Prescribed Poetry: The Main Body Of Your Answer

Prescribed Poetry: The Main Body Of Your Answer

Your answer should then contain a main body of at least four paragraphs, which combined should deal with the poet’s themes/ interests, style, viewpoint etc. Each of these paragraphs must also answer the question, which brings about the second quality needed for your answer:

Clarity of purpose

Each paragraph, as said, will focus on a specific element on the poet’s work (themes/ viewpoint/ style etc) but must also serve the purpose of showing that you can make the statement that you placed in your introduction (with this in mind, it is of use to think of your main body as providing evidence for your introduction). Each paragraph must begin by introducing the paragraph topic; in the same way that the introduction indicated what the remainder of your essay will focus on doing so here will indicate what the rest of your paragraph will focus on. You then need to state how this topic proves you can make your introductory statement, which relates to Clarity of Purpose as this focuses on completing the task, which as said earlier was to respond to a statement by using the work of a poet. Finally, when you have stated how the topic proves your introductory response to be factual you then have to provide evidence that this is so, which is achieved by providing examples from the poet’s works. An example would be for the question mentioned in the above sample introduction. If our first paragraph was to focus on the unique way Kinsella dealt with themes something such as so would suit:

One way in which I found Kinsella’s poetry fascinating due to its unconventional nature was his unique take on certain themes. This is seen with his examination of the changing state of life, which he illustrates with examples as deep and meaningful as aging and death, and also as seemingly irrelevant as the breaking of an egg.

Immediately you have introduced your paragraph topic and stated how it shows your response in the introduction to be factual. This also shows the marker that you are aware of the importance of Efficiency of Language Use, as not only are you structuring your answer in an organized manner, but also organizing each paragraph accordingly also. You are introducing your paragraph topic and then showing how it provides evidence of the factuality of your introductory response, followed by the use of examples to provide evidence of this. Something such as so might begin the remainder of the paragraph:

‘Mirror in February focuses on Kinsella’s revelation that he is no longer young. It takes place on a day which ‘dawns with scene of must and rain’, and the poet Kinsella, who is in the middle of ‘Idling on some compulsive fantasy’ looks upon himself with ‘a dark exhausted eye’ and ‘A dry downturning mouth’. It is then that he realises he is no longer young and that it is ‘time to learn’ that he has grown old, rather than indulge in fantasy any longer; he now realises that he is no longer young as he once believed, and that ‘I have looked my last on youth’. As the poem comes to an end the poet acts in a manner that he believes is appropriate to his state; not indulging in fantasy, but instead choosing to ‘fold my towel with what grace I can,/ Not young and now renewable, but man’. Thinking of Mr. D differs in example, but once more shows how life can change. The poem reveals how one’s vibrancy will inevitably fade at the time of death, with Kinsella beginning by describing Mr. D as a lively individual. Kinsella tells us he is ‘still light of foot’ and while he is ‘ageing’ that he is still able to indulge in revelry, ‘his quiet tongue/ Danced to such cheerful slander… sipped and swallowed with a scathing smile’. However soon Mr. D’s liveliness is no more as he passes away, with Kinsella remarking that ‘When he died I saw him twice’. Now Mr. D is no longer full of life; instead the poet presents him as subject to the elements, presenting the recently deceased man looking out onto a river but subject to the ‘wharf-/Lamps’ which ‘plunged him in and out of light’. No longer is he the one who seeks to cause pain or suffering to others, as he once did with his ‘cheerful slander’; now he is ‘A priestlike figure turning, wolfish-slim,/ Quickly aside from pain, in a bodily plight,/ To note the oiled reflections chime and swim’.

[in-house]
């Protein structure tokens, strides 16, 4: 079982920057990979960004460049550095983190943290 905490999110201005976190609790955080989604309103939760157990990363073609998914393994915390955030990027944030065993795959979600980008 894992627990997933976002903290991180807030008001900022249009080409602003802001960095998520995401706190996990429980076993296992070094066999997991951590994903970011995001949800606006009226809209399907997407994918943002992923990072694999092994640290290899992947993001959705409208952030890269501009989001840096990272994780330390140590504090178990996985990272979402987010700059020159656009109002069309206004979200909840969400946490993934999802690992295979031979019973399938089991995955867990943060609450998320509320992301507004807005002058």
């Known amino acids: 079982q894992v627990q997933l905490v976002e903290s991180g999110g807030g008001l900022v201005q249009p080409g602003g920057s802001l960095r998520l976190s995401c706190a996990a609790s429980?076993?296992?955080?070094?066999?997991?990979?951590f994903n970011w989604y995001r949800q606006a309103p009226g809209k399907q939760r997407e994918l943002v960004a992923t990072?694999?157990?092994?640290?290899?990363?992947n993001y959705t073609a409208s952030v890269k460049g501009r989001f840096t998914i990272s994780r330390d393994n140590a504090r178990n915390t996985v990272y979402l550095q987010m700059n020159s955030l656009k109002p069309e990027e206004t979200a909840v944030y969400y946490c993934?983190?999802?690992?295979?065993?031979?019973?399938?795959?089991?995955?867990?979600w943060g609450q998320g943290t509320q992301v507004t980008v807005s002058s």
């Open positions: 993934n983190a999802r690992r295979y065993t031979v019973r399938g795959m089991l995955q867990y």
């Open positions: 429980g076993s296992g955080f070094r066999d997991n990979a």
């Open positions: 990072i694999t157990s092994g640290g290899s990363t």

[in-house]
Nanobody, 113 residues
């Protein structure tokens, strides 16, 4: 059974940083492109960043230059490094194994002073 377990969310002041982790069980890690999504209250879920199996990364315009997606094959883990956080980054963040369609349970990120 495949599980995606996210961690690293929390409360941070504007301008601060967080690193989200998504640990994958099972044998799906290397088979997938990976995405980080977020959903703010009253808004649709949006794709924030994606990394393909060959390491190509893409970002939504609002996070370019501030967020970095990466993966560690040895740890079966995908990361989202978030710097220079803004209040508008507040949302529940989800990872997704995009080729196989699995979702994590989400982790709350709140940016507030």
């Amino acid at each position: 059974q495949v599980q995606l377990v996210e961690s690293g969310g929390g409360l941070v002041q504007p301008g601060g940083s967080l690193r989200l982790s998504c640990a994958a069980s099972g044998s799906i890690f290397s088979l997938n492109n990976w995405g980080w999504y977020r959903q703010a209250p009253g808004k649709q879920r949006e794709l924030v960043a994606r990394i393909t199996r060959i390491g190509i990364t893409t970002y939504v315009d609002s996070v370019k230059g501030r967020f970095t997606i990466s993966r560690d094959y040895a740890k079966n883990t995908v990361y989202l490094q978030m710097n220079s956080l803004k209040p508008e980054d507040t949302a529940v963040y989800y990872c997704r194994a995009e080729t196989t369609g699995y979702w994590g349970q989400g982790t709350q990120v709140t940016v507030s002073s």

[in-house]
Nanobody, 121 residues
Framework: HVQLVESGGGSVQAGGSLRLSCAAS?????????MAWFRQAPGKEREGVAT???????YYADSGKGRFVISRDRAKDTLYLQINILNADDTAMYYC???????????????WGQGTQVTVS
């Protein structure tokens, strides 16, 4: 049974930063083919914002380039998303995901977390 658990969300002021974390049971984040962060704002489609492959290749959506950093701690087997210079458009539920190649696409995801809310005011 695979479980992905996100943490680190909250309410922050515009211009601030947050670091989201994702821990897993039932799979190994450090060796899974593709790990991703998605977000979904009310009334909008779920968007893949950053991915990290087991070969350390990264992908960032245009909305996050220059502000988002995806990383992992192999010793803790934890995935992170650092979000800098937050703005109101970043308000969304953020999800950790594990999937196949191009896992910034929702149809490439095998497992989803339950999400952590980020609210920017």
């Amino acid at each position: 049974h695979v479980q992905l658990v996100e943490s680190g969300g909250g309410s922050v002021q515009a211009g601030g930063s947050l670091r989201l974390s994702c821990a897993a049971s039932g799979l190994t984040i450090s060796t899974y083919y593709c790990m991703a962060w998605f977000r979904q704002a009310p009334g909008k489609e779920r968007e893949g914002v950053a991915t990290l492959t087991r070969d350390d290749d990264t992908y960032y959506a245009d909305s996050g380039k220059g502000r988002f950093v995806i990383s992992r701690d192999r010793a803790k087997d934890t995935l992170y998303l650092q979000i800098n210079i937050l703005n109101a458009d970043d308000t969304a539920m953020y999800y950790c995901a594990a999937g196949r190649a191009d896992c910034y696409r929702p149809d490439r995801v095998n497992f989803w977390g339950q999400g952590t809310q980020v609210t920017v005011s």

Each of your paragraphs should therefore:

  • Introduce your paragraph topic
  • Show how it proves the factuality of your introductory response
  • Use examples from poems to provide evidence that the paragraph topic proves the factuality of your introductory response

Each of your paragraphs, while backing up the introductory statement separately, must also appear to the marker as part of a unified answer that addresses the statement in the question. The best way to link your separate paragraphs is through the quality of Coherence of Delivery which will be focused upon next.

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About the Author

John Ryan

John has a Masters in Modern English Literature and is the founder of RyJoLC, an educational consultancy based in Dublin that provides English language and curriculum resources to educational institutions worldwide.
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